As part of a larger cost-cutting effort, the student loan servicer FedLoan’s call center in Chester will close by the end of next year, according to Keith New, spokesperson for the Pennsylvania Higher Education Assistance Agency, which runs the center.

“We currently have 77 employees working at Seaport and we have been working to minimize any impact this may have," New said in an emailed statement. "This includes providing as much notice as possible while ensuring that employees have the option of transferring to another facility that manages FedLoan servicing calls, including our headquarters in Harrisburg,” he said. As of Dec. 2, PHEAA had a total of 2,714 employees.

FedLoan is part of the state-run Pennsylvania Higher Education Assistance Agency (PHEAA), which services about 7.5 million federal student loan borrowers. The agency faces investigations from state attorneys general and lawsuits from disgruntled customers.

The agency, which has outsourced jobs in recent years to Florida and India, said there are no plans to close additional facilities in Pennsylvania.

“Our existing call centers are needed to maintain performance levels on our current servicing contracts, both commercially and for federal loans, and to support the PA State Grant Program and other special programs that we administer for the Commonwealth,” New said in the statement. According to current job listings on PHEAA.org’s website, call centers operate mainly out of Harrisburg, Mechanicsburg, Pittsburgh, and State College.

In August, PennLive.com reported that PHEAA also plans to vacate the space it uses for a call center in the Westport Business Center in Lower Allen Township, Cumberland County. That call center, which employs nearly 500, is expected to be closed by the end of 2019. The workers in Lower Allen are being moved to the agency’s headquarters in Harrisburg.

CEO, James Steeley, outside the Pennsylvania Higher Education Assistance Agency, one of the largest servicers of federal loans, in Harrisburg, February 13, 2019.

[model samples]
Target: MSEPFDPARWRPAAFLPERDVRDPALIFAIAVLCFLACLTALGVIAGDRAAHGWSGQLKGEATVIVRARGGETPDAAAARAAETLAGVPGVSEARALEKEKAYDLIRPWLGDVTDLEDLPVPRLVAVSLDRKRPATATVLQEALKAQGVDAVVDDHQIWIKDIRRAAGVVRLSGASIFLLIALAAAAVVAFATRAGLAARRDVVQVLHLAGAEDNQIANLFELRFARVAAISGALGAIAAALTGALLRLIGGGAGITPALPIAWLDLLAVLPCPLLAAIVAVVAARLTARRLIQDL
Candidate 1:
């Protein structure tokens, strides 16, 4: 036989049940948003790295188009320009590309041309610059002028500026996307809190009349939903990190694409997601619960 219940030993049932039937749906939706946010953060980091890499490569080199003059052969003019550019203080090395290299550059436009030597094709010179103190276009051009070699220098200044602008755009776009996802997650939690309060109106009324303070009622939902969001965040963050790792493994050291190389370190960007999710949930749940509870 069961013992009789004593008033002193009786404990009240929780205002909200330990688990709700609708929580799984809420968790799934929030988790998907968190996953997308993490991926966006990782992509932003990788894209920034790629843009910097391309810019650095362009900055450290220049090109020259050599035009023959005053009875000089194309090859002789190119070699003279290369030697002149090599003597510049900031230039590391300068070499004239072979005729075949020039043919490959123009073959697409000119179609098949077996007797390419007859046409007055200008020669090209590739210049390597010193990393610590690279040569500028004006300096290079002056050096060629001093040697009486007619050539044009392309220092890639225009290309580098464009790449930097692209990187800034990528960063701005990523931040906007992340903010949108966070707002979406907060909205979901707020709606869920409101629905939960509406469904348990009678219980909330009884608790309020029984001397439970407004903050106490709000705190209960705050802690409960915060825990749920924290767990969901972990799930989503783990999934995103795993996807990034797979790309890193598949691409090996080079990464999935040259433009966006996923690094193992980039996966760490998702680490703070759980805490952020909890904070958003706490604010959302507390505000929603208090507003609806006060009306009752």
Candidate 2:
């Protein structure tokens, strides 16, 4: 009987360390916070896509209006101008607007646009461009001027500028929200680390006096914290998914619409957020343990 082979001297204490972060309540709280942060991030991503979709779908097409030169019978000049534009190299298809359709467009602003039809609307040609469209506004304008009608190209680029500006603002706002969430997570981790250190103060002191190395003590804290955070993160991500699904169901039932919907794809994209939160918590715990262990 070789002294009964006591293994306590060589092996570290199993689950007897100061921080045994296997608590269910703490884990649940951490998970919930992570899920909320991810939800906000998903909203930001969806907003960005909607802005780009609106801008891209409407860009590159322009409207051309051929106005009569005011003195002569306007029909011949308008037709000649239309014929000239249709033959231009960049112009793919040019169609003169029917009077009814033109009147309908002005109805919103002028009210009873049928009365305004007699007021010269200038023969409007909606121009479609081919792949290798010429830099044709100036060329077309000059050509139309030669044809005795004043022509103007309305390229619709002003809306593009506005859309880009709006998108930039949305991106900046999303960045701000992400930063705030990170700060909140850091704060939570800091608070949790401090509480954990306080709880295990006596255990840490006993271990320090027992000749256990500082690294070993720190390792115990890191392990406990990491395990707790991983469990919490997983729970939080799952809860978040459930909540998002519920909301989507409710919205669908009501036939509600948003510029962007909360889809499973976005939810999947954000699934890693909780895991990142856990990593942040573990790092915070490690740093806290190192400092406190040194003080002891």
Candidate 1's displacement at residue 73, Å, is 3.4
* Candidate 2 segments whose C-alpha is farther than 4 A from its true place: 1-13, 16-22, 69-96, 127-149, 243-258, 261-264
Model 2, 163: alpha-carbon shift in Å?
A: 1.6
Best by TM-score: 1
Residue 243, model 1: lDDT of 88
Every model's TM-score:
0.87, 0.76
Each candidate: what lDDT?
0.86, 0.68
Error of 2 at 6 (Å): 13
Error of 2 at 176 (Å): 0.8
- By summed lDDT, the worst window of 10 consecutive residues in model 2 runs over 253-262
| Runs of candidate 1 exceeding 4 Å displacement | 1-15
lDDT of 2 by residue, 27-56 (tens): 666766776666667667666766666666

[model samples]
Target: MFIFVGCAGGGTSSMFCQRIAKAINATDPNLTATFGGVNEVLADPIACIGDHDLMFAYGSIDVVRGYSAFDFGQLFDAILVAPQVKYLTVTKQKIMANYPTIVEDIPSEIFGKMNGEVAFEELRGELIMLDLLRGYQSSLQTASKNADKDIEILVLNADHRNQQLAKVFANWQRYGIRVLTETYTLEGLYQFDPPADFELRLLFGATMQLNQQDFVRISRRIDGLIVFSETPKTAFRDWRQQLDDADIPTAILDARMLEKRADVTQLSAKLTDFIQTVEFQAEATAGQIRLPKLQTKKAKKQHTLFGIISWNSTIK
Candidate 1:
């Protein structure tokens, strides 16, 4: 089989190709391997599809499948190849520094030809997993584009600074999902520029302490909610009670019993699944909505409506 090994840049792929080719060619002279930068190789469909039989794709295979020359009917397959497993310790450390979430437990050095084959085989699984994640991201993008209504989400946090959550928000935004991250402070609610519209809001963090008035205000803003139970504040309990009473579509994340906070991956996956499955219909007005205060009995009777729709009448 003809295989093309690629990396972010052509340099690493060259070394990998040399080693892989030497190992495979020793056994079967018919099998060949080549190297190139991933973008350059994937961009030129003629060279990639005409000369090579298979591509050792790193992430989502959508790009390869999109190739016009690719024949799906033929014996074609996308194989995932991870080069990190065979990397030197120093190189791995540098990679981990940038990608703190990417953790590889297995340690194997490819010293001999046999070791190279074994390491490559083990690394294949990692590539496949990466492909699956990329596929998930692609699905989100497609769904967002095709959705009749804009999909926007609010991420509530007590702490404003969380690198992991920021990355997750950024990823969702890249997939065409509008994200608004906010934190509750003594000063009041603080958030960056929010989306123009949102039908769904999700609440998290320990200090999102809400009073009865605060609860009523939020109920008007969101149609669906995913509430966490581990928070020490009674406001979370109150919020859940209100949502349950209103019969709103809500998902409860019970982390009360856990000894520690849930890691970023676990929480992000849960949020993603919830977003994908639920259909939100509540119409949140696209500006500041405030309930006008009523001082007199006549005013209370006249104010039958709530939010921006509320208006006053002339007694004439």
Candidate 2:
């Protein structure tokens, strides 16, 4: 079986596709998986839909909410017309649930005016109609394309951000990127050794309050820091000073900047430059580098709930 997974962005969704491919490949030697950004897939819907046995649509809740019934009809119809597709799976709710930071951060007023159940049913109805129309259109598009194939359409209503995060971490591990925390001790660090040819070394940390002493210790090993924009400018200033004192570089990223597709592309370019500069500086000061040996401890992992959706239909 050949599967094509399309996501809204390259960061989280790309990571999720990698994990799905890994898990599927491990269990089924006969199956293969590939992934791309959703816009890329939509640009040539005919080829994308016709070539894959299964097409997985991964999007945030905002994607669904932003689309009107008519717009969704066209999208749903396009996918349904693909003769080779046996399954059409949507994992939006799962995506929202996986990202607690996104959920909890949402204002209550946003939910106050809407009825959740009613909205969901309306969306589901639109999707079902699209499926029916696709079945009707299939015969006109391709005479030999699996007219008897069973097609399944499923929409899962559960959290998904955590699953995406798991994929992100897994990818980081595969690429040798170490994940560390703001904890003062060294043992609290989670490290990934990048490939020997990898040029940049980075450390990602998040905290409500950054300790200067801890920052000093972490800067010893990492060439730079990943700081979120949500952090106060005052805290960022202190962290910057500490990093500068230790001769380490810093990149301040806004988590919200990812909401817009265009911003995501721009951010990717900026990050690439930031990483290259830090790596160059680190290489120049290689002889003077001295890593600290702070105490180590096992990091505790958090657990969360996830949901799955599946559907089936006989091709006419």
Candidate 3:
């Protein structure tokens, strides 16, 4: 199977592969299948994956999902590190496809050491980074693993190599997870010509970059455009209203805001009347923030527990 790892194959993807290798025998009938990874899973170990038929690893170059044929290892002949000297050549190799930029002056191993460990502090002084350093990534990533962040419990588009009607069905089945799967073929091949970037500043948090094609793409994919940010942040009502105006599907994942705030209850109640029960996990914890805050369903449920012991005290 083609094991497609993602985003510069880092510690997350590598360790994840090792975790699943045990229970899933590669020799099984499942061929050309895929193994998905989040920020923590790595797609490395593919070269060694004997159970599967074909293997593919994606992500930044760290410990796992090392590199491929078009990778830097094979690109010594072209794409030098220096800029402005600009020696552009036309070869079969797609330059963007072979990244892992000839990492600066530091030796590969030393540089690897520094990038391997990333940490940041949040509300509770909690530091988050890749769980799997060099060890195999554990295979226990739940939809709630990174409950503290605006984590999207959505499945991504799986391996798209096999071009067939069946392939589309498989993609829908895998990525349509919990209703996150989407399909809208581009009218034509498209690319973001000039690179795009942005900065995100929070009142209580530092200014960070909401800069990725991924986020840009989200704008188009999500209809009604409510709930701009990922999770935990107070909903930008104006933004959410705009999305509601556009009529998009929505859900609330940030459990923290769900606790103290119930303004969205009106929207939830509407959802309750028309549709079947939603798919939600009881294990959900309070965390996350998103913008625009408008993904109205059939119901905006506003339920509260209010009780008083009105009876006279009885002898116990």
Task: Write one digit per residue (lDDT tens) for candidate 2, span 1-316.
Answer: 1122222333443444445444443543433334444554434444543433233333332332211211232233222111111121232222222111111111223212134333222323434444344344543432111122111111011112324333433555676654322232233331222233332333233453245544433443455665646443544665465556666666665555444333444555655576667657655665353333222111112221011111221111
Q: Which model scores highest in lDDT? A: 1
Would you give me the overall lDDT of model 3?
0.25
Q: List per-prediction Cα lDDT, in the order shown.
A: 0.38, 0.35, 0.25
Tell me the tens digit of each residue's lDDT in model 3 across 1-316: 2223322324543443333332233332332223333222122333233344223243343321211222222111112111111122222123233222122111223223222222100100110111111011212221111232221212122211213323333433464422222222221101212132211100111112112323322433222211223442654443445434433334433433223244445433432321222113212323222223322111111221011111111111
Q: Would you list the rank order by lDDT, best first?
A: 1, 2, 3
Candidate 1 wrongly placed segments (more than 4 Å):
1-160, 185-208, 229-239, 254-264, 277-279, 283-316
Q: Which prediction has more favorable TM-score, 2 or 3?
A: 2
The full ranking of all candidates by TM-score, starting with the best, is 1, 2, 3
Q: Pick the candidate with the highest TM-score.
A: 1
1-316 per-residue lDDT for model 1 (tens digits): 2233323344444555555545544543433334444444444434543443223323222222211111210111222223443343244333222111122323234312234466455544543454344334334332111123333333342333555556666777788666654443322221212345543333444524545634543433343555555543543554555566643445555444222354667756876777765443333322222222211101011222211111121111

JESSICA GRIFFIN / Staff Photographer
CEO, James Steeley, outside the Pennsylvania Higher Education Assistance Agency, one of the largest servicers of federal loans, in Harrisburg, February 13, 2019.

“We heard they were closing some facilities,” said Guy Ciarrocchi, president and CEO of the Chester County Chamber of Commerce. “So far it doesn’t affect any of our member companies or their employees.”

Americans owe about $1.6 trillion in college student loans as of 2019. The federal student loan system is poorly run, the default rate among students is growing, and the harm is especially apparent in Pennsylvania, where students graduate with some of the highest debt in the nation, according to The Inquirer’s reporting as part of the Debt Valley series.

State-supported colleges, such as Pennsylvania State University and Temple, charge tuition higher than those in other states, and the loan servicer PHEAA is a major cog in the nation’s byzantine college lending system.

Federal contracts under the Department of Education were renewed until Dec. 2021, according to PoliticoPro (subscription required). The DOE extended the contracts with its four largest student loan servicers — Navient, Nelnet, Great Lakes and the Pennsylvania Higher Education Assistance Agency, which operates under the name FedLoan Servicing — had been set to expire in December. The department has extended those contracts for at least another year, with the option of additional extensions through December 2021.

The department is also in the process of further extending, for the same amount of time, the contracts of its five smaller, not-for-profit loan servicers whose contracts are set to expire in March 2020.

The only student loan servicer with more complaints is Wilmington-based Navient Corp., which operates a call center in Wilkes-Barre. Navient fought off a proxy battle by an activist hedge fund, settled in May, and is still fighting a suit from Pennsylvania Attorney General Josh Shapiro for allegedly offering predatory loans.

Meanwhile, top executives at PHEAA and Navient are rewarded handsomely.

The Inquirer in July compiled a list of student loan servicer CEOs and their salaries based on data from Allied Progress, a consumer watchdog group, nonprofit IRS filings, and OpenSecrets.org.

FedLoan pays CEO James Steeley $330,000 a year, while for-profit Navient paid CEO Jack Remondi $6.9 million.